WHEN I THINK OF PRIDE

WHEN I THINK OF PRIDE

In early 2017, I was coming home from school. There was this barbershop at the end of my street. Some guys were sitting in front of it, loudly discussing women or football; I don’t really remember, though they were loud. I however remember it was rubbish they were discussing.

As I walked past them, they quieted down. Now that I think about it, I think one of them was my brother’s friend. I’m not a very friendly person, so there are many of my brother’s friends who I’ve met in his company but don’t talk to, not even hello, hi.

They see it as “He’s a snob.”

I see it as “I really have absolutely no fucking reason to exchange awkward greetings with you. Better we just don’t bother.”

So this group of young men in front of the barbershop quieted, and I began to get anxious because I could hear them whispering and I knew they were looking at me. You know that feeling when you know all eyes are on you, judging you, that feeling of inadequacy that jumps from within you, out of nowhere.

I became so self-conscious.

However, I couldn’t have been prepared for what happened next.

They started catcalling me, calling out words like, “Heiss. Baby! Asa! Omalicha!”

They were laughing too.

I felt humiliated, so humiliated I wished I would disappear. I could hear their derisive laughter behind me. It completely blindsided me, and I had no idea how to respond, how to collect myself, how to maintain my composure.

Then, my inner person said to me: BITCH WALK!

And it took a lot of guts, but I did.

If this had happened five years ago, I would have given an abashed smile and scurried away.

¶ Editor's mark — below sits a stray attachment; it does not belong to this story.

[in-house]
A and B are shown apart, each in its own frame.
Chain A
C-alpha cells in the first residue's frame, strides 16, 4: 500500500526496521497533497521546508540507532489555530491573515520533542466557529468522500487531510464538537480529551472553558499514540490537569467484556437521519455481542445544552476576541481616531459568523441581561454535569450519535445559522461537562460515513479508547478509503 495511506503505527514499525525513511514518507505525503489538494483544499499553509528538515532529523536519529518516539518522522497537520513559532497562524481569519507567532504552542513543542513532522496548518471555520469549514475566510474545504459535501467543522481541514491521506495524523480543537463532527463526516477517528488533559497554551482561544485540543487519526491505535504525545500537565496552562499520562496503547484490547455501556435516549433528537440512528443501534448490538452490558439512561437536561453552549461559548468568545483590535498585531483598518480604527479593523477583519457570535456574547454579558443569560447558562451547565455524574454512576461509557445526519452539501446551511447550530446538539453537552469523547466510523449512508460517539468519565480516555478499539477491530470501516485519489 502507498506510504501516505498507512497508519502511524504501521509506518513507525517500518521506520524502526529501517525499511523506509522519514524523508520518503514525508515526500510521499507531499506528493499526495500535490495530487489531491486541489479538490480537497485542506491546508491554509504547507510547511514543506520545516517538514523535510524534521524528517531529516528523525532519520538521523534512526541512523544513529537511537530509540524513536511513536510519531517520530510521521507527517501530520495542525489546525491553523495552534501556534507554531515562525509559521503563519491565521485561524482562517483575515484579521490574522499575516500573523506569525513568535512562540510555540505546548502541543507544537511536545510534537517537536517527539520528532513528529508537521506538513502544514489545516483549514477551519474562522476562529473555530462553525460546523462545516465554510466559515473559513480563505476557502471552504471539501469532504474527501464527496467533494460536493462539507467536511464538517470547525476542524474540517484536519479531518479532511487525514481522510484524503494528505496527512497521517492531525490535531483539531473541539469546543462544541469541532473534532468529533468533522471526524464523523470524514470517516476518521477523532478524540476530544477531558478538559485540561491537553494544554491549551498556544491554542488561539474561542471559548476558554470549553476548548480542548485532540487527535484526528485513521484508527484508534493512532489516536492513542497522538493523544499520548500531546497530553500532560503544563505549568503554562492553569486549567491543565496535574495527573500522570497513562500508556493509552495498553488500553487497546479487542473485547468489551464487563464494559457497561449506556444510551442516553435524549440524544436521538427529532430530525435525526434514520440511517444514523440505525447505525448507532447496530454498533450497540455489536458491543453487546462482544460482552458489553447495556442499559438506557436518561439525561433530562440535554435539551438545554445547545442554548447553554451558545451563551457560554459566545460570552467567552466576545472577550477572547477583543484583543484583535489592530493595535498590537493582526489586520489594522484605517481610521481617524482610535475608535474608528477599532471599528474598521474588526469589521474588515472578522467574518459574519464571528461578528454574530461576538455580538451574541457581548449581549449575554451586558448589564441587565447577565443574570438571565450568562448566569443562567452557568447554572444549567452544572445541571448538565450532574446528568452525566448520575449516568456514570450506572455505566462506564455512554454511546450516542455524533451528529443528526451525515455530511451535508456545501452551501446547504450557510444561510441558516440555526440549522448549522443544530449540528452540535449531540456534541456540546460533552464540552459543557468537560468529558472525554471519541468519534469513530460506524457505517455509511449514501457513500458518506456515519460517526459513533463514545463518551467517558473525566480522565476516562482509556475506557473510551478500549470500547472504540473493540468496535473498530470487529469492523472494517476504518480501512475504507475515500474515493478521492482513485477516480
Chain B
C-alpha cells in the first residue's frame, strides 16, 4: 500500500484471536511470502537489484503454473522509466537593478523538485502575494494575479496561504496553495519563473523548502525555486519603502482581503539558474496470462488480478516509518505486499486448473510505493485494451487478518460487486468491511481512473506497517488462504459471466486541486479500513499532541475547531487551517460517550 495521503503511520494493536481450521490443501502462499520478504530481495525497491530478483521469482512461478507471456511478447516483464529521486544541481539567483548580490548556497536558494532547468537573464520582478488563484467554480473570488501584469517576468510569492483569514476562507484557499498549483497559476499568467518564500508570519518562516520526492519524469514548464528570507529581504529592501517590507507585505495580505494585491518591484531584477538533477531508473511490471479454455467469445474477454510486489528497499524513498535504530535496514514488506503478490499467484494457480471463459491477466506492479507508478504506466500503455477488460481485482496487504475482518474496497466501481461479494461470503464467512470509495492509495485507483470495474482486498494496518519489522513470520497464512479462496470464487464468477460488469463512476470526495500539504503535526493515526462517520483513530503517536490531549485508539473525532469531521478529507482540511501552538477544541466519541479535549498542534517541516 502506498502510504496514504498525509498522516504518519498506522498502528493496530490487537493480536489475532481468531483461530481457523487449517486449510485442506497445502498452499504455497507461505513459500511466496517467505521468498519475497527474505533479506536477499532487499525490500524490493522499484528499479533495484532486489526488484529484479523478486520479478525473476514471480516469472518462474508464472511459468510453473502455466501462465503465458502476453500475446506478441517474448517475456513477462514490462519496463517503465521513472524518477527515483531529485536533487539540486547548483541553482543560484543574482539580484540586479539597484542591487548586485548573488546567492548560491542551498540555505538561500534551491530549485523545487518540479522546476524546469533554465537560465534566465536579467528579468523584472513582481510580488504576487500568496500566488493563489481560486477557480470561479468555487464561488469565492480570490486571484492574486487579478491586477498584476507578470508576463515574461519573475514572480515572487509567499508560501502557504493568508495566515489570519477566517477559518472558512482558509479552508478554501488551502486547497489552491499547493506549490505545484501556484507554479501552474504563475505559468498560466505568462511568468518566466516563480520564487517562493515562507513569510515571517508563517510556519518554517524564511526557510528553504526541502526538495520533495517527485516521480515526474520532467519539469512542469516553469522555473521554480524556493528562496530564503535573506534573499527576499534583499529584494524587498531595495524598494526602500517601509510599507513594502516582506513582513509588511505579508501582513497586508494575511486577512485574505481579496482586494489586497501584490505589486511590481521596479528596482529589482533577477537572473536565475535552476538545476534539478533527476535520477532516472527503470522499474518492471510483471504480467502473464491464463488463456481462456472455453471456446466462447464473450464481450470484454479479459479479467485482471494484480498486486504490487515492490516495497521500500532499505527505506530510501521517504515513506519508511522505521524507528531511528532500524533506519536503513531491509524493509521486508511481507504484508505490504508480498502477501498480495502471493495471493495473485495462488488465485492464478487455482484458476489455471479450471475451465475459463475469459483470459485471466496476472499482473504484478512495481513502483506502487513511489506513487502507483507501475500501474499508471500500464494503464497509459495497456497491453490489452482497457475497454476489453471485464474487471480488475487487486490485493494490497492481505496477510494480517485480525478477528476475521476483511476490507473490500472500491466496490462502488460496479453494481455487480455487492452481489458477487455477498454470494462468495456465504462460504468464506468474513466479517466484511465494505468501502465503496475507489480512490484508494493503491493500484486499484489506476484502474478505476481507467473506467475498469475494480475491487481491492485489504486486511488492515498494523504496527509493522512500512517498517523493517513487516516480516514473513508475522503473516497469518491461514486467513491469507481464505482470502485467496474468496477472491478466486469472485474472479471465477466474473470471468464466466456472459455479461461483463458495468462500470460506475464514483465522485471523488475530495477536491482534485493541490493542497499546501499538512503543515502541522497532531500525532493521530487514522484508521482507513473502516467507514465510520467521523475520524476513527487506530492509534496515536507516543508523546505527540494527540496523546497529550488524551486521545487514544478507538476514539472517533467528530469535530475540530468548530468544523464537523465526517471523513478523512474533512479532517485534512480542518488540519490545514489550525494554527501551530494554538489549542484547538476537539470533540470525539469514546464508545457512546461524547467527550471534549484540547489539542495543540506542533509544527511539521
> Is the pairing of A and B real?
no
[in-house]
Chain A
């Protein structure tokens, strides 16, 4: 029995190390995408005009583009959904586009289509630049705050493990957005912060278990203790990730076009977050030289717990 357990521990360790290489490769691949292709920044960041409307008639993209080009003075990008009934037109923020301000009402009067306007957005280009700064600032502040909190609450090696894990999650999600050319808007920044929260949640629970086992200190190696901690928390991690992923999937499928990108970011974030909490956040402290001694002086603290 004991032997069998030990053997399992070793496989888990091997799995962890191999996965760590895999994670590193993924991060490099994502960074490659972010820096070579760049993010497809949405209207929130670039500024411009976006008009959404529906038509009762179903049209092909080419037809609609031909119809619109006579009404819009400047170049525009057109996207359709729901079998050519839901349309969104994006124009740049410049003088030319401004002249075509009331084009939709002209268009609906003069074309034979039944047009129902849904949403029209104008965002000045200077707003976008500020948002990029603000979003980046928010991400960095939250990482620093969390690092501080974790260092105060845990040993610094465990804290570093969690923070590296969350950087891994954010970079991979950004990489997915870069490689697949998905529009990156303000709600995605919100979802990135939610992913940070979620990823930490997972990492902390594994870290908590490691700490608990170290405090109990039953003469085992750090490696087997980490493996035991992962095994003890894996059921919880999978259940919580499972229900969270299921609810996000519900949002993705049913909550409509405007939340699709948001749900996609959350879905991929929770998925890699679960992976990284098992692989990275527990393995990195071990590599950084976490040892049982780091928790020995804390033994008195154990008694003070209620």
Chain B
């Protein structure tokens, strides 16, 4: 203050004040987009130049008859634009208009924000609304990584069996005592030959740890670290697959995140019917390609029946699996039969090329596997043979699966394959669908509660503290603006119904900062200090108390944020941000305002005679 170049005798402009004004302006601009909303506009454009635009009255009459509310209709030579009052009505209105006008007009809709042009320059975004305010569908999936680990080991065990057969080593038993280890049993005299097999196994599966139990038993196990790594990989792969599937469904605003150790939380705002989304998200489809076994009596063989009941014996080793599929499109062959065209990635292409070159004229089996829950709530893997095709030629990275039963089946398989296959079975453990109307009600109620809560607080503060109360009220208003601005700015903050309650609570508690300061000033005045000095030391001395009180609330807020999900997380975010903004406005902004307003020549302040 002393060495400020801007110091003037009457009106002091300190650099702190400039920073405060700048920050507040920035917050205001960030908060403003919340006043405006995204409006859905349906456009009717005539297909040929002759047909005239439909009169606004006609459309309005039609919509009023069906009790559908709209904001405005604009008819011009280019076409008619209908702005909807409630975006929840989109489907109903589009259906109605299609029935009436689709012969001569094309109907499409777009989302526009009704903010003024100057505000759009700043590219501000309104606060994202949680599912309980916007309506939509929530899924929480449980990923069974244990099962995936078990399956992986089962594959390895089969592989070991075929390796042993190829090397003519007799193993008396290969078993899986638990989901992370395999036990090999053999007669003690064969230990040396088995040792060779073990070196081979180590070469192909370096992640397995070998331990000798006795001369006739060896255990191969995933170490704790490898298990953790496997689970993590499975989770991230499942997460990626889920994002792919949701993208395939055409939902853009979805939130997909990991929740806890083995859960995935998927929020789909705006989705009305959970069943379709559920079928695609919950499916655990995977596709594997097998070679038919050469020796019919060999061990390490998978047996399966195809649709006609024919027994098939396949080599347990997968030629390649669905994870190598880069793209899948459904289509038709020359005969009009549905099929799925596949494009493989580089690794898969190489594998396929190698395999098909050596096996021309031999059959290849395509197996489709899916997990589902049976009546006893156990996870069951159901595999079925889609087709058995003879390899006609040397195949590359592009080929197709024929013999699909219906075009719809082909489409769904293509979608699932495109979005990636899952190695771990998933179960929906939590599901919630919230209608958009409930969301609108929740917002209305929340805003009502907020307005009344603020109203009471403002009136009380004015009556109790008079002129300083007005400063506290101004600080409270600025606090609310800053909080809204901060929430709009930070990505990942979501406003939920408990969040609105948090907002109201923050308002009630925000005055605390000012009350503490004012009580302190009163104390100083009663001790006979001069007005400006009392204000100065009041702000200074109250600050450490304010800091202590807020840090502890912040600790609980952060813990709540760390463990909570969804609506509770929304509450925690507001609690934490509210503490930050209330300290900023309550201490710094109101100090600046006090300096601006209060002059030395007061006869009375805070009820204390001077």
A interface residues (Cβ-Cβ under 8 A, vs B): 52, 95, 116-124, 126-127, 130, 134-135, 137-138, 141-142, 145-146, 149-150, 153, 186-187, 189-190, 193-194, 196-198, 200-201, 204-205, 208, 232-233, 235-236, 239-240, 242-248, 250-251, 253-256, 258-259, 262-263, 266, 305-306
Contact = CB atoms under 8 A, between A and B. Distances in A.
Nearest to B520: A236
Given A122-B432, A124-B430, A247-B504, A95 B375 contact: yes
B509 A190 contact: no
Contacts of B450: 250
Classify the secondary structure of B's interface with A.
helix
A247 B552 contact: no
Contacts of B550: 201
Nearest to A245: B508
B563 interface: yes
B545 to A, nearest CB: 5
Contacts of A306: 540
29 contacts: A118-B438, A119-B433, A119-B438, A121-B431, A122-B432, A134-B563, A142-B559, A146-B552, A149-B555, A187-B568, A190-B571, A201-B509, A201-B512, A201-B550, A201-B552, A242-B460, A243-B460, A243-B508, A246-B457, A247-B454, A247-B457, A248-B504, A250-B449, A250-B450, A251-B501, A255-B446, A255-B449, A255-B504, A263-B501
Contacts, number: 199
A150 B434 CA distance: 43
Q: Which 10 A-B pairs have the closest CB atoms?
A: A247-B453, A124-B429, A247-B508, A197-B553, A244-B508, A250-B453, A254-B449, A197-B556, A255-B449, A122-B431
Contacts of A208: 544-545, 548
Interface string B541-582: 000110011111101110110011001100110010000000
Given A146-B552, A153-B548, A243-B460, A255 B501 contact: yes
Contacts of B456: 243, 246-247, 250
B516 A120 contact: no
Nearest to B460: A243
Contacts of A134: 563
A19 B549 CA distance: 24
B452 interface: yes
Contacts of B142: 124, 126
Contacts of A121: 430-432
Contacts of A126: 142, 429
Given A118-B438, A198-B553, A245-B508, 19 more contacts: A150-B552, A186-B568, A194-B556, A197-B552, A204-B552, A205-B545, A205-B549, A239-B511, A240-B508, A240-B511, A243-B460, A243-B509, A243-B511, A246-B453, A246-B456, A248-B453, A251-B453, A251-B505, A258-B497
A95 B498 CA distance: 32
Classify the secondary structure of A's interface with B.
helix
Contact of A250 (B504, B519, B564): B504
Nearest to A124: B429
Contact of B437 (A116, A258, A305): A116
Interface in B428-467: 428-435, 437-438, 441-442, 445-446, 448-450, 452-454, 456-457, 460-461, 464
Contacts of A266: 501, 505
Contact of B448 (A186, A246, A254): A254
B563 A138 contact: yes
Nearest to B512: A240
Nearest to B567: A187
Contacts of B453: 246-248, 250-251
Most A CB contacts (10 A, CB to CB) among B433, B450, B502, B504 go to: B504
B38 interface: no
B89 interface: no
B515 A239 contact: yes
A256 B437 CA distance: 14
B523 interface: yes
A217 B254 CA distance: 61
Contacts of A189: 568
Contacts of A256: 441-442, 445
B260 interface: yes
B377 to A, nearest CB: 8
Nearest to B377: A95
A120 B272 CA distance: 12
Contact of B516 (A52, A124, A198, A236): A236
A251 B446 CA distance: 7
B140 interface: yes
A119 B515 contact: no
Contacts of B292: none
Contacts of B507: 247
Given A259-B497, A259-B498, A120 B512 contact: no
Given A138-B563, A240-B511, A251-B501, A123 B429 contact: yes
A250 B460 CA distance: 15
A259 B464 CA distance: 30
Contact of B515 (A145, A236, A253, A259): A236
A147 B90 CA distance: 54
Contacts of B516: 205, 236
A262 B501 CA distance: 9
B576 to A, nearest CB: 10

But I’ve grown so much since secondary school.

I began to walk like I was on Drag Race, sashaying for the grand prize. I even waved at them over my shoulder as I sashayed like my life depended on it, as though they were cheering for me.

It wasn’t that their mockery did not get to me. It was just that I was telling myself:

You must not be ashamed!

You must not be ashamed!

You must not be ashamed!

You must be proud!

You must be fucking proud!

When they realized their plan of humiliation had backfired, they started insulting me. “Mumu! Onukwu! Anumanu!”

I was smiling to myself, and waving and doing my best runway walk (and believe me when I tell you, I can be a “that gurl” on the runway), till I got out of earshot, till I walked into my compound.

I’d like to say a Thank You” to Ru Paul’s Drag Race for preparing me.

Just imagine underemployed homophobic idiots that spend their waking hours in bet9ja, trying to shame me by treating me the way they treat women.

I simply reminded myself that I am fabulous, and then I was like: BITCH, HELL TO THE FUCKING NO!

And that, my friends, is one of the events that come to my mind when I think of Pride.

Don’t let the bastards grind you down.

Happy fucking Pride!

Written by Kayode

Print Friendly, PDF & Email
Previous Gay-for-pay solo performer Michael Hoffman comes out of retirement in gayest video yet
Next “HOW I RESIST” Is Now An Anthology You Can Download

About author

You might also like

Our Stories 4 Comments

BLOOD IS THICKER THAN WATER

My aunt (my mother’s sister) got married and settled down in the town where I was growing up. Because my brothers and I grew up having a closer relationship with

Print Friendly, PDF & Email
Our Stories 28 Comments

‘Don’t You Have Any Other Thing To Advocate For?’ Said the Homophobe to Bisi Alimi

Nigerians are still very much as homophobic as they’ve ever been. It’s a saddening thought, one that wells up inside me whenever I come upon social media threads handling LGBT

Print Friendly, PDF & Email
Our Stories 17 Comments

FOR THE LOVE OF A GOOD MAN

This is not a story of rainbows and roses. It’s about finding me. Well, sort of. It all began with me stepping out of my comfort zone. I was just

Print Friendly, PDF & Email

2 Comments

  1. Mandy
    June 27, 18:22 Reply

    I. Love. This.
    😍😘🙌🙌❤❤💕
    We are here. We are fab. We are going nowhere. And we’ll show you with a good Drag Race sashay.

Leave a Reply